500,000 in the World Will Be Diagnosed With Cervical Cancer this Year; 300,000 Will Die From It!

Jun 25 21:54 2007 muna wa wanjiru Print This Article

You don’t know what you got till it’s gone; you don’t appreciate it until it happens to you…blah, blah, blah. Such are the clichés and sentiments of those of us who get into a major accident and the insurance company of the offending driver, the drunk who slammed into you, refuses full retribution

Those are the tunes played by those of us who lose a partner or spouse to another because we were too demanding,Guest Posting too difficult, too different. And those are the hackneyed statements, the only trite and obvious things we can come up with to utter when we find out our best friend of twenty-nine years has a unique form of cervical cancer that might allow her to live, oh, another year at most. Yes, my friend has cervical cancer, what is less familiarly known as invasive endometrial adenocarcinoma. You understand “invasive” and from human sexuality class way back you get the “endometrial” part. But what you cannot seem to wrap your brain around is carcinoma…cancer. She is your age, which, last time you knew, was NOT old, was not dying time. But the condition she is in is that of what 5% of all other cervical cancer patients have survived. The other 95% had lesser complications: the cancer had not spread to the lymph nodes, which are very soft, very fleshy, very vulnerable to a corrosive agent chomping its way through human tissue. If you are smart or have a strong stomach, you do a search for the causes, effects, symptoms, treatments, outcomes, support groups, and residual fallout of cervical cancer. You might find statistics: 500,000 cases worldwide; 300,000 die. 10,370 in US will be diagnosed with it; 3,710 will die. Mortality rates have declined by 50% over the last three decades. Treatment includes cryogenics—freezing of the dysplasia, which is the culprit in its earliest stages (which was in your best friend when she was 20). Treatment might be preceded by a colposcopy—the use of a special scope (with a 40X magnifying power) that allows for examination of the cervix. It might mean laser surgery—wherein the offending growth (also called metastasis) is burned off/out. Treatment might include early conization—meaning a biopsy is done by taking a cone of the cervical canal. It might also require or point to the need for radiation therapy and/or chemotherapy, depending upon the severity, urgency, and choices the cervical cancer patient makes. Cervical cancer works its way in stages, or exists in areas that are measured in stages: in stage I, the cancer invades the cervix beneath the top layer of cells. In stage II, the cancer extends beyond the cervix into nearby tissues, to the upper part of the vagina, and/or to the pelvic wall. In stage III, the cancer extends to the lower part of the vagina, and may be spreading into the pelvic wall and nearby lymph nodes. And in stage IV, the cancer has extended to the least protected or defensible parts of the body—the bladder, rectum, and/or other organs and parts of the body. My friend has been found to have stage III cervical cancer, which may have reached the lymph nodes in the lungs. If this is the case, which we will know in six days, when the latest tests come back to her brilliant staff of oncologists and specialists. In some respects, she is lucky. She has been a health care provider to the elderly (as she is a clinical nurse specialist in the top of her field) for twenty years. So she will have that Florence Nightingale Clara Barton karma returned tenfold. At the same time, the numbers are not good for her stage of cervical cancel, despite what I think is a shockingly young age—45. In other respects, then, she aint so “lucky” and I am reeling from the surreality of our friendship coming to an end in the corporeal sense after we have been through so much worse it seemed at the time, and after we have used survival humor through it all. What else can you do?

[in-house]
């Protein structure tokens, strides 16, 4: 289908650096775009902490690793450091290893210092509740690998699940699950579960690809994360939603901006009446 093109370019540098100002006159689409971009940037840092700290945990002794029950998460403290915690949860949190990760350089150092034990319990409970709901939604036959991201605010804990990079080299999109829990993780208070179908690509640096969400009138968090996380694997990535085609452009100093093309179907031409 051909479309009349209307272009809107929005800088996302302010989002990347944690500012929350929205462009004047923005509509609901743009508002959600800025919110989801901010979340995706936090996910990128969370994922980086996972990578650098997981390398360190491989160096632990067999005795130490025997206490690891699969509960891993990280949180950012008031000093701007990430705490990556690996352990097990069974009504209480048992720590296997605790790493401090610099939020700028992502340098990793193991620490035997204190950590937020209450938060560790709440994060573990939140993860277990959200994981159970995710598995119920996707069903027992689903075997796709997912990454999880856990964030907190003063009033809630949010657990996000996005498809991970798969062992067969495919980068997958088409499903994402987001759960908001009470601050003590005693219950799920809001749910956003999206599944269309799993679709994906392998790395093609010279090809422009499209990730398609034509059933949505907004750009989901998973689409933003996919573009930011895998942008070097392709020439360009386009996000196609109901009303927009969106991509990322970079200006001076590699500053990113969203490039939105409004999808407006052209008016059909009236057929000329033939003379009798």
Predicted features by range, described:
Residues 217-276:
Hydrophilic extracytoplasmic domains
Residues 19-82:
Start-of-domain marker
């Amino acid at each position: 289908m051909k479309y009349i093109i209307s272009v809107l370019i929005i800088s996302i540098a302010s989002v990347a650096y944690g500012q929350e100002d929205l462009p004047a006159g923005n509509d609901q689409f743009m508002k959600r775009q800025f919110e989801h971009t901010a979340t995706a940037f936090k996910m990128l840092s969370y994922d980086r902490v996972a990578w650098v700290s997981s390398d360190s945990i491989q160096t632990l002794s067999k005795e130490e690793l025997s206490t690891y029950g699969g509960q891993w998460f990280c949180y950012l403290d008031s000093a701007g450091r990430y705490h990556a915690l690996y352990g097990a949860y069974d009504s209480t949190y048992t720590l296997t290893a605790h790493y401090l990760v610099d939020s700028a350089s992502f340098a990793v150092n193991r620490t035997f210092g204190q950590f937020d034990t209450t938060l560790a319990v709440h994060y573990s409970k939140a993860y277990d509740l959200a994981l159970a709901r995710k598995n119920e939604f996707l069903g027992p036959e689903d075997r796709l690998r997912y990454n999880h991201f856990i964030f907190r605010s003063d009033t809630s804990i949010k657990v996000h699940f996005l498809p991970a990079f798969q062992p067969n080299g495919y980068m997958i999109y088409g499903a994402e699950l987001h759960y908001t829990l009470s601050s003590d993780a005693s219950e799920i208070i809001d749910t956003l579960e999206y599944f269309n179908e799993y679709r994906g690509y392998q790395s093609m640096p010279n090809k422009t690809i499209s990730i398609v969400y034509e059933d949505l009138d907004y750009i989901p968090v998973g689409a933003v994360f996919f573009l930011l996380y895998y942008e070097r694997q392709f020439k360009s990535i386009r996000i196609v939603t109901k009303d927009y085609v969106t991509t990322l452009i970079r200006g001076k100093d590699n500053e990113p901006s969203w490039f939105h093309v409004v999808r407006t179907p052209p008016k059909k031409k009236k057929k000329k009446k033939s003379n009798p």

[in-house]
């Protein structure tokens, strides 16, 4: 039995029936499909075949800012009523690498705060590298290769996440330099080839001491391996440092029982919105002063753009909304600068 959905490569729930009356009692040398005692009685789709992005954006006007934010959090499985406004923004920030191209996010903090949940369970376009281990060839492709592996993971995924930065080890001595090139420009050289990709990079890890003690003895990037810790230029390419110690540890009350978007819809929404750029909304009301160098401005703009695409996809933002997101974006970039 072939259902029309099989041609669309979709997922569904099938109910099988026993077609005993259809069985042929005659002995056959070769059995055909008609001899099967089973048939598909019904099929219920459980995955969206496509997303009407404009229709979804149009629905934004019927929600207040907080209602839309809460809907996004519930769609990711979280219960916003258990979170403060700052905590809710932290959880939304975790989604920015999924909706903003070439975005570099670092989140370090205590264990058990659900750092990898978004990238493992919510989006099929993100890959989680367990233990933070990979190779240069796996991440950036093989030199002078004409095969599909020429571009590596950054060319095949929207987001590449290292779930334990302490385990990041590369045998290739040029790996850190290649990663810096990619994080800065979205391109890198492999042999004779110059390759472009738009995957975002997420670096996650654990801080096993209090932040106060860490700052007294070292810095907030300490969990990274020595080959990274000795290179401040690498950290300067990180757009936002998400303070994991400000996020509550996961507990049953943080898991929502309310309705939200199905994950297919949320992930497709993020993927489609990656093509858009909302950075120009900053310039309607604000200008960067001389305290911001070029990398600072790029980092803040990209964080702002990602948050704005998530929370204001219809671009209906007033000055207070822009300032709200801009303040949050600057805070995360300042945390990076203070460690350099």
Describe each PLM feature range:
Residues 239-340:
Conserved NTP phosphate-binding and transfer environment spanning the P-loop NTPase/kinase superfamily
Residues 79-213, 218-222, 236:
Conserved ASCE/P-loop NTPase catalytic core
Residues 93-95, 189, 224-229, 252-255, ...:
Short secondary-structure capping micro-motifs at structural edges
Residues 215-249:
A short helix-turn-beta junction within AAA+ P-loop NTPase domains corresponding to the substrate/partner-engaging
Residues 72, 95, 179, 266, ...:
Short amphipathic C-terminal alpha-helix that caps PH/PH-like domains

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muna wa wanjiru
muna wa wanjiru

Muna wa Wanjiru has been researching and reporting on Internet Marketing for years. For more information on Cervical Cancer, visit his site at Cervical Cancer

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